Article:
That’s taught me to try not to pass judgement on what other people are buying. I don’t know their shopping strategies or why they’re buying what they are.


Cate June 9, 2010 at 12:48 pm

Yes, yes, yes! I’m also totally a grocery cart voyeur. I love peeking in people’s carts. But at the same time…I know that if you were to look in MY cart on any given day, we would appear to have the strangest diet ever. For example, in the summer we buy all of our produce at the farmers’ market. We always buy all of our meat and eggs there. So in the summertime, were you to peek into my Kroger cart, we would appear to subsist on flour, sugar, beans, rice, and maybe some shampoo. So I try not to judge too much. :-0


Kris June 9, 2010 at 1:25 pm

Thanks for the post. Once I started posting my meals up for the challenge I felt really embarrassed by some of my food choices and, I’ll admit it, considered lying to make my eating habits seem healthier. I might not have the healthiest diet in the world but frankly, it’s much better than the way I used to eat. There will always be people who make better food choices than I do and I am okay with that.

And like the first poster, I do look into other people’s carts but usually its a quick glance to see if there is something they seem to be stocking up on that I may have forgotten was on sale at that particular store.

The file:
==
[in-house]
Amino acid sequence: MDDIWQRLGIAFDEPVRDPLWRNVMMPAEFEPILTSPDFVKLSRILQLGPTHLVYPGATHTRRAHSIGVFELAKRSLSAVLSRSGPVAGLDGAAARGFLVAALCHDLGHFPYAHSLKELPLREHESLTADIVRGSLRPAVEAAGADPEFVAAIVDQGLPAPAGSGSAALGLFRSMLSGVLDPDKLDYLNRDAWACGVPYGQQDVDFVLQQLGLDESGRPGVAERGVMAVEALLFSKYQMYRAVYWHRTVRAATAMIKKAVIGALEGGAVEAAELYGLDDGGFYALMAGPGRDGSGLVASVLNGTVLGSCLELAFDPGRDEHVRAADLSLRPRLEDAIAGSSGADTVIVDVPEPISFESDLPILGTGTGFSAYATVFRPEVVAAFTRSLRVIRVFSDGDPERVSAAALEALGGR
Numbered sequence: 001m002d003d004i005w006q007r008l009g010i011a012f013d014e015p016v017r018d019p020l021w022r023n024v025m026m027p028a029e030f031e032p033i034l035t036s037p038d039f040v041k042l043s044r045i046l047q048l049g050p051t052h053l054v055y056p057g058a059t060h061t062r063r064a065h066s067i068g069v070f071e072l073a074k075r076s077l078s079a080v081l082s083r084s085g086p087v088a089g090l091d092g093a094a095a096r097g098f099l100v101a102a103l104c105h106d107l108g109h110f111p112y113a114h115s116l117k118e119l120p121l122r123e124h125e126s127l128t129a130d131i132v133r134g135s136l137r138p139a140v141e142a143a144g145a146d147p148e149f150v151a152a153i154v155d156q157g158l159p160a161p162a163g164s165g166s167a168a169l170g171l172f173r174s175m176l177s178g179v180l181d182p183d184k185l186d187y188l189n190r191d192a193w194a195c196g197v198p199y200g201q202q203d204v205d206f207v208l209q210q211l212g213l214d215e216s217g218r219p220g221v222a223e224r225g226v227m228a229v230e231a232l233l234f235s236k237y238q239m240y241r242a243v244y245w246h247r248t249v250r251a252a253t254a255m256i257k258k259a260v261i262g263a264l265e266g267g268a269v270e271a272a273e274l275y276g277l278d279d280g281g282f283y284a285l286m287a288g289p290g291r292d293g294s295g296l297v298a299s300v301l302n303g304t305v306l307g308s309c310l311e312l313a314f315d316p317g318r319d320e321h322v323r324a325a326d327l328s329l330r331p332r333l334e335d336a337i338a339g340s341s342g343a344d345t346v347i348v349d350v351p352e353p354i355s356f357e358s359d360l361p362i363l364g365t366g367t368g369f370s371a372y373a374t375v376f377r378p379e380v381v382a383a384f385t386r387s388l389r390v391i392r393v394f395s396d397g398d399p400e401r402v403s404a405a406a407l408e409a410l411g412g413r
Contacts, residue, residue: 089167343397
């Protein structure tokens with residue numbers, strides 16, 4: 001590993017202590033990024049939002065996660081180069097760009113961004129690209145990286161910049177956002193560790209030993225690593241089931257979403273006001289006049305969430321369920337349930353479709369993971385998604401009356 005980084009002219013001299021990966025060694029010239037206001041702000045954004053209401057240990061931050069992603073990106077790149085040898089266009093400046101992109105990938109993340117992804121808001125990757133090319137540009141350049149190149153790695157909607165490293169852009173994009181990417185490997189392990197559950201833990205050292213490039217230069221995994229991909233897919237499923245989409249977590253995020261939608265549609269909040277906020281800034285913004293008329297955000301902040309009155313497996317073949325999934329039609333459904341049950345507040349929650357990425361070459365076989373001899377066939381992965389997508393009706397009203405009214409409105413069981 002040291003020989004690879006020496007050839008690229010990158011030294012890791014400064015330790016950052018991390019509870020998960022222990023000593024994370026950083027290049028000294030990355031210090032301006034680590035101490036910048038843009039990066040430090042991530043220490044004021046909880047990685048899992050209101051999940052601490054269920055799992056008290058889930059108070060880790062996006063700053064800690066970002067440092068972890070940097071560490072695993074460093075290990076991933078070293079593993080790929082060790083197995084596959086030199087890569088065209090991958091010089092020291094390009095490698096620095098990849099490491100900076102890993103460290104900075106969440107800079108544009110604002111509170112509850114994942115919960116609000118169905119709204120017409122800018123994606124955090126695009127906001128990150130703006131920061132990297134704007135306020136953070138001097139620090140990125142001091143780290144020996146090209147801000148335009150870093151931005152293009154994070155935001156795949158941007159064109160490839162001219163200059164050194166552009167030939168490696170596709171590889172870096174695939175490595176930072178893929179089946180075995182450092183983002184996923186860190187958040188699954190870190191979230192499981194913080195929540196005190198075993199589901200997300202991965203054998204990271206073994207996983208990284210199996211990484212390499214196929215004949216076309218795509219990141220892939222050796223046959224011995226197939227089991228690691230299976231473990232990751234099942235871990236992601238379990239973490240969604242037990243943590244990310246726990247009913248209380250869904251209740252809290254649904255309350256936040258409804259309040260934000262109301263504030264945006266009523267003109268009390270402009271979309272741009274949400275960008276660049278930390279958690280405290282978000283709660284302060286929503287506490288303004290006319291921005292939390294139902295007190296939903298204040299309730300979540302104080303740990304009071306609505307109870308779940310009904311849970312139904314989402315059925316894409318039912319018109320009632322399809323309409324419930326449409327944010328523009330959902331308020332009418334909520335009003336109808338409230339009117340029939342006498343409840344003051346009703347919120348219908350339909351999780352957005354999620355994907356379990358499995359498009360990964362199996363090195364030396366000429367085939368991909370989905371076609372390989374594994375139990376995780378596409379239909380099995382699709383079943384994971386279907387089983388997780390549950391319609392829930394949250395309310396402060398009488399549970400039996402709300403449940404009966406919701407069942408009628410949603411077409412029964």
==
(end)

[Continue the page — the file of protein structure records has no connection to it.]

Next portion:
Jenny June 9, 2010 at 1:44 pm

I’m guilty of this too. Just today I was reading a Mommy blog and she had photos of her special family dinners and there wasn’t a vegetable in sight- lots of fried meat, white bread, and white starches. I forced myself not to comment on the lack of fruit and vegetables but still I worry about her kids not getting proper nutrition. At the same time I’m guilty of buying capri suns for my kids for a quick snack drink. Everyone has their own eating style and I wouldn’t like anyone to comment on what I’m serving my family for dinner (leftovers if you’re curious).


Christine June 9, 2010 at 1:46 pm

I was just in Costco over my lunch hour to pick up a new pair of glasses, and found myself wandering around. I noticed so many people’s carts, so full of food, and I found myself just thinking what an unbelievable bounty is available to us here in the United States. That’s just an aside though.

I’m still not sure what Ann’s point was — perhaps, giving her the benefit of the doubt, the point is that healthy food is more expensive than unhealthy food, which encourages people on food stamps to forgo the whole foods and purchase the processed foods.

That is undoubtedly true — if you look at the amount of “caloric value” per dollar, then Kraft macaroni & cheese is a lot less expensive than an apple. For about the same amount of money, the purchaser gets enough calories to feed a family of three or four an entire meal. The apple, not so much, even though it is far more healthy. This is, perhaps, a result of the government’s agricultural & energy policies which subsidize the makers and purveyor’s of Kraft macaroni and cheese over the growers of apples.